Publishing on a given date

If you’ve ever taken a look at either the Life of Jalo or Jermut, you’ve probably noticed that both sites create a daily page for the picture/strip. The way I’ve created it is that each file that needs to be shown is saved with the filename simply as the date (e.g. 20060428.jpg is today’s image in LoJ). This post will show you how the naive approach to triggering something based on the current date and time may backfire and how to solve it.

To prevent people from looking ahead of the current date I used a simple is statement that compared the date now to the image requested. If the imagefile’s name was greater than the current date, a HTTP 403 error code is returned. The code looks like this ($showTime is the date portion of the filename):

      if (date('Ymd') < $showTime) {
	return 403;
      } else {

Of course, by now all of you should be wondering exactly what is the timezone in which the date should change? Well, my intention was that we'd follow a Finland-centric approach to the whole thing and the new image would be visible at the strike of midnight in Finland.

This all worked fine until we moved our hosting from a Finnish provider to DreamHost. The Finnish provider's servers all used EET (Finland's timezone, UTC+0200) and date() worked just fine. DreamHost's servers naturally don't use EET as their default timezone and testing that everything works after I've uploaded an image was a bit too hard. Plus I like seeing the next days picture before I go to bed, or rather having Anna look at it and tell me if something's wrong.

Luckily PHP comes with the function gmdate() that returns the current date and time in UTC. Then, with some simple code we can convert the reference time to EET and we're back at the usual publishing schedule. After you know of the existence of the function, any problems caused by timezones can now be easily solved.

Secure PHP

For all of you out there who are writing PHP code, I suggest reading Writing secure PHP and its part 2 by Dave.

I also strongly recommend using something like the quote_smart-function described in the PHP documentation (scroll down to example 3) when saving user input in the database.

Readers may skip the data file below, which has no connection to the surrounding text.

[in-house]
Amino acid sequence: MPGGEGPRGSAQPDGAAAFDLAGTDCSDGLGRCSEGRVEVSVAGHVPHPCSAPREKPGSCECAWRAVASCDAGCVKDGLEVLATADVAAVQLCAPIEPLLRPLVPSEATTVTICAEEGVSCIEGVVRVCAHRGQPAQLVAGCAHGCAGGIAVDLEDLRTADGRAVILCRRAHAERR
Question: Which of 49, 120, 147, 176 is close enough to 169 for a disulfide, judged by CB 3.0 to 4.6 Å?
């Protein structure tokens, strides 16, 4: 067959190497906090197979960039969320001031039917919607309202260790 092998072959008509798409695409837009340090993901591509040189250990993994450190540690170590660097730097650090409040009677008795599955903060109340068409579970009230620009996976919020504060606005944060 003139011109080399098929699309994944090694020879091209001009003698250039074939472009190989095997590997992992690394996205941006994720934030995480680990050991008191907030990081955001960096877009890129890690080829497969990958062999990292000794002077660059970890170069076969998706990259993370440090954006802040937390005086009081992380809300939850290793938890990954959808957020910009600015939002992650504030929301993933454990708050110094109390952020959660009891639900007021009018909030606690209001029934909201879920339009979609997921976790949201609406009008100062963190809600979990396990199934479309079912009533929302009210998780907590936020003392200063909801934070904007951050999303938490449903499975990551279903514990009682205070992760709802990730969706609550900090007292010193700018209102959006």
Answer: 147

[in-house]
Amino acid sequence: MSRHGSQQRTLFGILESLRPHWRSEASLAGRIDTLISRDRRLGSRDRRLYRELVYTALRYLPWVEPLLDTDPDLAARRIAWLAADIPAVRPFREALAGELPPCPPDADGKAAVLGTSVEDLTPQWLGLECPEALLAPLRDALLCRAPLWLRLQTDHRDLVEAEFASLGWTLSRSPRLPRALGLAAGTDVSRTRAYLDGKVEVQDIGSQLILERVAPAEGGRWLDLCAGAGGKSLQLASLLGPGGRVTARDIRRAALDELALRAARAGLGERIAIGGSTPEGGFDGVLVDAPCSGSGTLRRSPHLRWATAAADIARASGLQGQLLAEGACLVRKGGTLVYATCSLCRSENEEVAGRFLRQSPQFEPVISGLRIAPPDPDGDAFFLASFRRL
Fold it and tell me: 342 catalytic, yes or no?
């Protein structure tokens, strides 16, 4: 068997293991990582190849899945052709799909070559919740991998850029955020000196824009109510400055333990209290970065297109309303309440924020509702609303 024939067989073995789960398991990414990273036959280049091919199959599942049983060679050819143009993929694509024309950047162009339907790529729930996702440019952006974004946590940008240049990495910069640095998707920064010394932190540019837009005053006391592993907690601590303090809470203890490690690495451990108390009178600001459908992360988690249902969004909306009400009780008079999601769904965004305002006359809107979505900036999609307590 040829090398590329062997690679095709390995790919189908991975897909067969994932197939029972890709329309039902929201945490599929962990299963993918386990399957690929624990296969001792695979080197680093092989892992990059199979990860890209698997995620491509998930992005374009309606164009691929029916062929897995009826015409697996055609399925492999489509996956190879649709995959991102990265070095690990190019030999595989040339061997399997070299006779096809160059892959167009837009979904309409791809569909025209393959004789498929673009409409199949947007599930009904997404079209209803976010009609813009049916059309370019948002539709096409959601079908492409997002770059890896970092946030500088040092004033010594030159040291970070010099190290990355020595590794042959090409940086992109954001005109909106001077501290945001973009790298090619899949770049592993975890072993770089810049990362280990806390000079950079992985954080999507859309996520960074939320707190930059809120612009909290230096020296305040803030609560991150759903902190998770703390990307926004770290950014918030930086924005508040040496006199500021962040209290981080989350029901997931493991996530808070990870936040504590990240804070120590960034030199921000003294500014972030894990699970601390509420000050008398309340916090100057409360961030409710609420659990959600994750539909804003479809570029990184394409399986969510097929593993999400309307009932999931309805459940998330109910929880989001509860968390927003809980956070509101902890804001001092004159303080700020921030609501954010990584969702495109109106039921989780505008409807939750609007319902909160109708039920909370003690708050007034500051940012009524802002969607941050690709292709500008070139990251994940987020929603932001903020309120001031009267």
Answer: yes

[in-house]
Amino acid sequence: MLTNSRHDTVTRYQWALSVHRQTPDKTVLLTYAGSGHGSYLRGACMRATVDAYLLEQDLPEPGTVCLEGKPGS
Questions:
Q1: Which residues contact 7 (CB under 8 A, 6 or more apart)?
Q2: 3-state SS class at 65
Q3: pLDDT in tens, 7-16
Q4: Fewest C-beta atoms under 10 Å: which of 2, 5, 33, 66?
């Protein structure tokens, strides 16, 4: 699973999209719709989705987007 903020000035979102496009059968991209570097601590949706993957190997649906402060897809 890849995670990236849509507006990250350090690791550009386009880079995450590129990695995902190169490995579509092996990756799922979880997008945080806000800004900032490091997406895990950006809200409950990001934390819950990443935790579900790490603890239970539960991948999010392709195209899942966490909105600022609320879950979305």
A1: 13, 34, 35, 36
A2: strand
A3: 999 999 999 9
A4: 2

The importance of writing secure code cannot be emphasized enough. Even if you’re writing a helper application for yourself someone, somewhere might try to crack it. And practising secure programming in even small projects will help you when you work on larger and more important projects. It’s all about the discipline.

WordPress hacking

I’ve been on a vacation with nothing planned this week so I’ve finally had time to hack around with WordPress. The new template system offers a great platform on which building customized views is easy. I added a thumbnail (and link) to the current image in The Life of Jalo, a list of the five latest posts when viewing a single entry, a link to geocaches near us if you’re viewing a geocaching post, now playing information, and I jumped the folksonomy bandwagon. The rest of this post is fairly technical in content, so if code and web development aren’t your thing, you might want to move on.

Continue reading WordPress hacking

Form elements as PHP variables

I had already decided to test this today since I’m a lazy programmer (more on that sometime later). I’m working on creating a voting application and since I like code re-use (part of my laziness) I wanted to see how I could make form processing code that really doesn’t care how many different elements there are in the form. Eric’s wondernment on why PHP requires the brackets to be present in some form element names may also be explained a bit further.

Continue reading Form elements as PHP variables

PHP, Arrays and URL matching

Well, Dave Shea just posted some PHP code that just begs to be worked on. It also raises a general issue that most beginning programmers face. If programming is not your piece of cake, then skip this ;)

Continue reading PHP, Arrays and URL matching